• Billy Bathsalt: Prey4reign: Lump sum payout = $165 million. Minus $57 million to the feds = $108 million. Paying off the mortgage on your house plus the mortgage on the two kids and paying off everyone's credit card and student loan and car payments can be done for under $1 million. Give $5 million apiece to the two kids. Establish college trust fund for the three grandchildren for $3 million. That would bring it down to $99 million. Invest $95 million in rock solid, non-taxable, interest bearing devices (think munis here) which pay 2.5% interest. This would leave you with $4 million for spending money the first year and if you limited your annual expenses to $2.375 million per year, you'd leave an estate worth $95 million when the wife and husband die.

    That's good! Now, how do I select the right numbers?


    That, unfortunately, is a small matter left for you to figure out.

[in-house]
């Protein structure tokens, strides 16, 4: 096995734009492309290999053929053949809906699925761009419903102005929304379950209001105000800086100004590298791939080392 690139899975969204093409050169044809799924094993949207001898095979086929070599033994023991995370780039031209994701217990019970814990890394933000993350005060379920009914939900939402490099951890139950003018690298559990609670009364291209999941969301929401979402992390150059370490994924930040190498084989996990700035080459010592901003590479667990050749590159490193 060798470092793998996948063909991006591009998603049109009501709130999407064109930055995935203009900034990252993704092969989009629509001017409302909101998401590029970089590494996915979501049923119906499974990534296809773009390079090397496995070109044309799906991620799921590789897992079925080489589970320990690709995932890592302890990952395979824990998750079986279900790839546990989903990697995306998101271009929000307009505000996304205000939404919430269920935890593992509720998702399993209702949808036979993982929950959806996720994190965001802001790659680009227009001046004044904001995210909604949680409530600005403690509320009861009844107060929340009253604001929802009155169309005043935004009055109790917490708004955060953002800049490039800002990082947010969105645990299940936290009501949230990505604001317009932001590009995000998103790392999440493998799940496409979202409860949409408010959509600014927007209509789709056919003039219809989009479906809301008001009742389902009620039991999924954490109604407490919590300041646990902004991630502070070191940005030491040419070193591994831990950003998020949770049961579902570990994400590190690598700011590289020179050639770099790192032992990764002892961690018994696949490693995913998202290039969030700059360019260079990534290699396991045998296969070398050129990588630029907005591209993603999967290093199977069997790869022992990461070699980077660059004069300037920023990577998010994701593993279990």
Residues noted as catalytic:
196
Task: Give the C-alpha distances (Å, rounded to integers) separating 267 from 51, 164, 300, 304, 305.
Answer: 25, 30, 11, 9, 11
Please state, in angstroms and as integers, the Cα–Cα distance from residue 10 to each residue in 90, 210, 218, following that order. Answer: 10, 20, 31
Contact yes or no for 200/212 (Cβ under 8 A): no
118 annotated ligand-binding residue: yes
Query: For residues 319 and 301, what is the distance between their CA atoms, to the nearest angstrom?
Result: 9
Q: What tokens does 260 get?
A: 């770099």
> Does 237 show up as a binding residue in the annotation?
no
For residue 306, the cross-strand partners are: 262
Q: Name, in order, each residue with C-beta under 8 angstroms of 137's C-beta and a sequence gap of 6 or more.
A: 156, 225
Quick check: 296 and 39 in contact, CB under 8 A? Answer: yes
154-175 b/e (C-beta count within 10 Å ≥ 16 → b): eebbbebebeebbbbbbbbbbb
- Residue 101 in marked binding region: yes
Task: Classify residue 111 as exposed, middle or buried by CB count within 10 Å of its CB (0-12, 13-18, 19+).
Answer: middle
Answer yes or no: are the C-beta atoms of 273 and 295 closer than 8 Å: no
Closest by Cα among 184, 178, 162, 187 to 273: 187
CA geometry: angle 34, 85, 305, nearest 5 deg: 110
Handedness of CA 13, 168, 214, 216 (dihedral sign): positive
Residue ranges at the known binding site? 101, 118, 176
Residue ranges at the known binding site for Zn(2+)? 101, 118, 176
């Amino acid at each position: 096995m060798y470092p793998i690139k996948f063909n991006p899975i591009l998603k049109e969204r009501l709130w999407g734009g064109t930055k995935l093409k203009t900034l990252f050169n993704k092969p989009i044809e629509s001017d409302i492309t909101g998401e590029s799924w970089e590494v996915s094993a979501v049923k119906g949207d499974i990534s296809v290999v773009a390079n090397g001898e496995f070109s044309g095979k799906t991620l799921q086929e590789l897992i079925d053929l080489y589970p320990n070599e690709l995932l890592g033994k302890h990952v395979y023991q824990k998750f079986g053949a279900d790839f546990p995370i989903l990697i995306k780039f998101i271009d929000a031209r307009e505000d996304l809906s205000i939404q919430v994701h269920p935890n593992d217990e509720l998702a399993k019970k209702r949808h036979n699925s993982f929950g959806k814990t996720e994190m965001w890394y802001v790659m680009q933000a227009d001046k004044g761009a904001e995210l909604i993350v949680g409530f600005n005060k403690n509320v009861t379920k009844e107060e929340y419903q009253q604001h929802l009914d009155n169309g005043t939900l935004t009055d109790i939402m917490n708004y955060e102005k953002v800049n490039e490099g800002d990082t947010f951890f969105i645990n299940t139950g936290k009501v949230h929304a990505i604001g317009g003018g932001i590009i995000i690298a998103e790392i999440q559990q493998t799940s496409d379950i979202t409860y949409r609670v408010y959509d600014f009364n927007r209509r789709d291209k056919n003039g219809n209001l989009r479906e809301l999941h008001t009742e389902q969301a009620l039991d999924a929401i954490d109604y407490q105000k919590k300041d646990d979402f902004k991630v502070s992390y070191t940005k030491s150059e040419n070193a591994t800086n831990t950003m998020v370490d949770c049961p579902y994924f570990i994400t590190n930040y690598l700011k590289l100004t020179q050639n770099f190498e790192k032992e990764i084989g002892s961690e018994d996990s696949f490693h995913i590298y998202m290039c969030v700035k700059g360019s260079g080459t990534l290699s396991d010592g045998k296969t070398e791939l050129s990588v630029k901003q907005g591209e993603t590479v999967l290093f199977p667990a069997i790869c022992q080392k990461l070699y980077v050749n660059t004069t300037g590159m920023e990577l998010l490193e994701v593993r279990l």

• SultanofSchwing: adenosine: Isn't the odds of winning something like one chance in 175,223,510? Wouldn't that make it able to be a theoretical 'good bet' at $1 per ticket?

    I'd totally buy a ticket if it had positive expected value.

    Powerball is $2 a ticket :(


    Oh, well, fark it then.
  • After working a corporate bullshiat job for 5 years now and going from 25k to 27k a year I have to tell you that despite knowing that I'm just throwing away my money, I'm still willing to play the lottery just for the hope, the dream of telling them all to go fark themselves and then leaving to sip drinks with pretty tan girls on an island somewhere.

    Oh well, a man dream though, a man can dream.
  • The lottery is essentially a tax on those that don't understand Probability and Statistics. No wonder the schools don't offer it as a course anymore - they need future lottery suckers customers!

    OK by me..the government would be getting it from more taxes otherwise.
  • Spoiler alert: you're still not going to win the jackpot.